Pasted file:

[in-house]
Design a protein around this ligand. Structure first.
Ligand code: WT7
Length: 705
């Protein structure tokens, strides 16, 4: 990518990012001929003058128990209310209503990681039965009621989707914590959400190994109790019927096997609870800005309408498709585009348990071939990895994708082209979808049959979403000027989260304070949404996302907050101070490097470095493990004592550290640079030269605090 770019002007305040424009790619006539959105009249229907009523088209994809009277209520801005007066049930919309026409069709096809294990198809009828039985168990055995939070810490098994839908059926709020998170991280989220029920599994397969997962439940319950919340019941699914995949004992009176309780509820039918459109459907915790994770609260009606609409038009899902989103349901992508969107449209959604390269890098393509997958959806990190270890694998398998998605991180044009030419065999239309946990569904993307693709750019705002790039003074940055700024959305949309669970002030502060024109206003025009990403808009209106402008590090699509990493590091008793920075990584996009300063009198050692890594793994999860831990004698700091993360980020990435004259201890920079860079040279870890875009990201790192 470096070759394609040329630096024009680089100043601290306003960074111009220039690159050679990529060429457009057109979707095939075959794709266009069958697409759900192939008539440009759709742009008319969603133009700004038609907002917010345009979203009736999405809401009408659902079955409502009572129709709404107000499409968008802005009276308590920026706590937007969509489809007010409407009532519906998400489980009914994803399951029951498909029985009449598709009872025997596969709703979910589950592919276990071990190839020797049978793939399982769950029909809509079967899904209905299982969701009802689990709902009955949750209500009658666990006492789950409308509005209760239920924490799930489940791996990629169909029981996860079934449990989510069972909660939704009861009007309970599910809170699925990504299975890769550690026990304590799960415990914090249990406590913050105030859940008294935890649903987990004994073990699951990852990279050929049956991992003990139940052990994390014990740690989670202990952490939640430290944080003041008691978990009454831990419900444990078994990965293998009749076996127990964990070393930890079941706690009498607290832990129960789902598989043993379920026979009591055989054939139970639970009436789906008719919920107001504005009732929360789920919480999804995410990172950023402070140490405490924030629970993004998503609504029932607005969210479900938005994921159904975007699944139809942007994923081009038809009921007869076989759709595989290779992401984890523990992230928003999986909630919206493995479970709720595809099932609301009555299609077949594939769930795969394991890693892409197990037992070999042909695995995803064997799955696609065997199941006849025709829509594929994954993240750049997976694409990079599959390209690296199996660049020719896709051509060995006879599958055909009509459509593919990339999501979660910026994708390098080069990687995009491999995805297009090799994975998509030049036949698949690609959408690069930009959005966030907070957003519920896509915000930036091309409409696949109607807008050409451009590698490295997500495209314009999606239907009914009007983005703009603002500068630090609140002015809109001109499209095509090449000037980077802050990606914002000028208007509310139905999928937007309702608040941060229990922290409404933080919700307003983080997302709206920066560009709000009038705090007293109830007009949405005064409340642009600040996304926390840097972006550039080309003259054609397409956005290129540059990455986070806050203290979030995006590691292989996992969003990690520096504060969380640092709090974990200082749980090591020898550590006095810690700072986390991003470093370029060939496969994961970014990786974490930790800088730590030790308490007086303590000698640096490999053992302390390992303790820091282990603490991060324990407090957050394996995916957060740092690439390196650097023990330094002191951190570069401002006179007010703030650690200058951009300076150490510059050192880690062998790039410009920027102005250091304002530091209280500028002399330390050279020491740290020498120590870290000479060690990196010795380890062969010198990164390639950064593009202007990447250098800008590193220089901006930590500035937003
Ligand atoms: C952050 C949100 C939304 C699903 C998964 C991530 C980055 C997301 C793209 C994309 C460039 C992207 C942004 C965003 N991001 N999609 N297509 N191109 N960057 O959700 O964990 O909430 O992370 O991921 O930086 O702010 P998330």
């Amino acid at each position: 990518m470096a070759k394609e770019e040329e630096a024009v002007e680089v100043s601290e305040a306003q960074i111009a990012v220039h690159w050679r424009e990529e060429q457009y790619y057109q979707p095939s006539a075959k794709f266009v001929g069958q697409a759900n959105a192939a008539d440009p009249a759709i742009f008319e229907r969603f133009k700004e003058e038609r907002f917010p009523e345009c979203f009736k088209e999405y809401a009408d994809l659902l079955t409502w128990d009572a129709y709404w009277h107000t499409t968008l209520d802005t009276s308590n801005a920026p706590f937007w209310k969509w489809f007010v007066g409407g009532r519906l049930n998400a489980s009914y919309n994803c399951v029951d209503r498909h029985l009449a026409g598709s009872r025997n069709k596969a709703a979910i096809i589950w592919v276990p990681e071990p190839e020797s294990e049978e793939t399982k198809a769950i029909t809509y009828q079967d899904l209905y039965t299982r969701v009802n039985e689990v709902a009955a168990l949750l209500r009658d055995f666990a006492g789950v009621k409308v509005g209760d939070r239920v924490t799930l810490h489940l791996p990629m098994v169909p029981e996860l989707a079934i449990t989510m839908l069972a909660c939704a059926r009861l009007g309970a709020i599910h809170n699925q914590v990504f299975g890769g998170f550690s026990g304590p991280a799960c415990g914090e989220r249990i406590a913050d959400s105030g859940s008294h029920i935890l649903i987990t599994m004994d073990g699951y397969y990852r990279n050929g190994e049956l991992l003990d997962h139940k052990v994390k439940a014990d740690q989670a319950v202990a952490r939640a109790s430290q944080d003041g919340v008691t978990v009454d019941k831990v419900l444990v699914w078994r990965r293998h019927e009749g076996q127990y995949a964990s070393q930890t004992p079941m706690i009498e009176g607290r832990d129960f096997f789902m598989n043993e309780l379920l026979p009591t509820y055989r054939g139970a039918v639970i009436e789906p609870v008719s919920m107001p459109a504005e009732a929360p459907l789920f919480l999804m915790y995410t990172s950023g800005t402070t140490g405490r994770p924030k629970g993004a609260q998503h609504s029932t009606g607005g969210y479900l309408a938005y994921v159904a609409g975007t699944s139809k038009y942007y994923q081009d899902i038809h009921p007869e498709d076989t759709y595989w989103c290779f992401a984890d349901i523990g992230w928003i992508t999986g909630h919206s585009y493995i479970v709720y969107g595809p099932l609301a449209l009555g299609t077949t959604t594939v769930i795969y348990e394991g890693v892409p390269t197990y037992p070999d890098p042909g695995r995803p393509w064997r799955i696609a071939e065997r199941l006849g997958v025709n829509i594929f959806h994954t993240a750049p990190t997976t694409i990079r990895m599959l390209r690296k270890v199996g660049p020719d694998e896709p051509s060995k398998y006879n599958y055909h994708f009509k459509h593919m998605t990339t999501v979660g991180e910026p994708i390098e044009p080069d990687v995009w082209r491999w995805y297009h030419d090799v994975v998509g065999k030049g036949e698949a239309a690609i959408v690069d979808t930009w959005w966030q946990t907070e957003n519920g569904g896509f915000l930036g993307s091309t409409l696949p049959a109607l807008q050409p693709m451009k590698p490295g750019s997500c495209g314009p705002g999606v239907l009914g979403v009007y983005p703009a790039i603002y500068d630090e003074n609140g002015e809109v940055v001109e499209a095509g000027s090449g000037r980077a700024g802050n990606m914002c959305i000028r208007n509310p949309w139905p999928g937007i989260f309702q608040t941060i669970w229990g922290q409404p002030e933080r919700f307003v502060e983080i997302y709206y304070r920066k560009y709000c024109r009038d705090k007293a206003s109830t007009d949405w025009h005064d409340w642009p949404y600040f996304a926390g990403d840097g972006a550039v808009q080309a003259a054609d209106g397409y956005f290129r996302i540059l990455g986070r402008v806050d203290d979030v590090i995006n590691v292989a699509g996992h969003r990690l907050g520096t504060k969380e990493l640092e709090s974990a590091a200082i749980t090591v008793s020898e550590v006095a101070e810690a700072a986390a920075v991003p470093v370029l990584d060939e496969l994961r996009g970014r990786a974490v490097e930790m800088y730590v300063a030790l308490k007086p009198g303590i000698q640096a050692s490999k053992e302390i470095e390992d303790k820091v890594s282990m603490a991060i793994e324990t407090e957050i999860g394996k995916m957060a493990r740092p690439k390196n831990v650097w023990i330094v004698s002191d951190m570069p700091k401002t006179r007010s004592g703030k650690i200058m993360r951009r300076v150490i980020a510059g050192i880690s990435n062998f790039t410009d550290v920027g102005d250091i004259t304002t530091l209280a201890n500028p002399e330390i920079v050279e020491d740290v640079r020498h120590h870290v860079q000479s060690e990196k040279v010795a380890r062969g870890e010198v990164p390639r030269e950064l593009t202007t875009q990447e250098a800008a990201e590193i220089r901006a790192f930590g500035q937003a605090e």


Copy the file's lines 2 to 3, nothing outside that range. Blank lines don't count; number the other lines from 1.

Design a protein around this ligand. Structure first.
Ligand code: WT7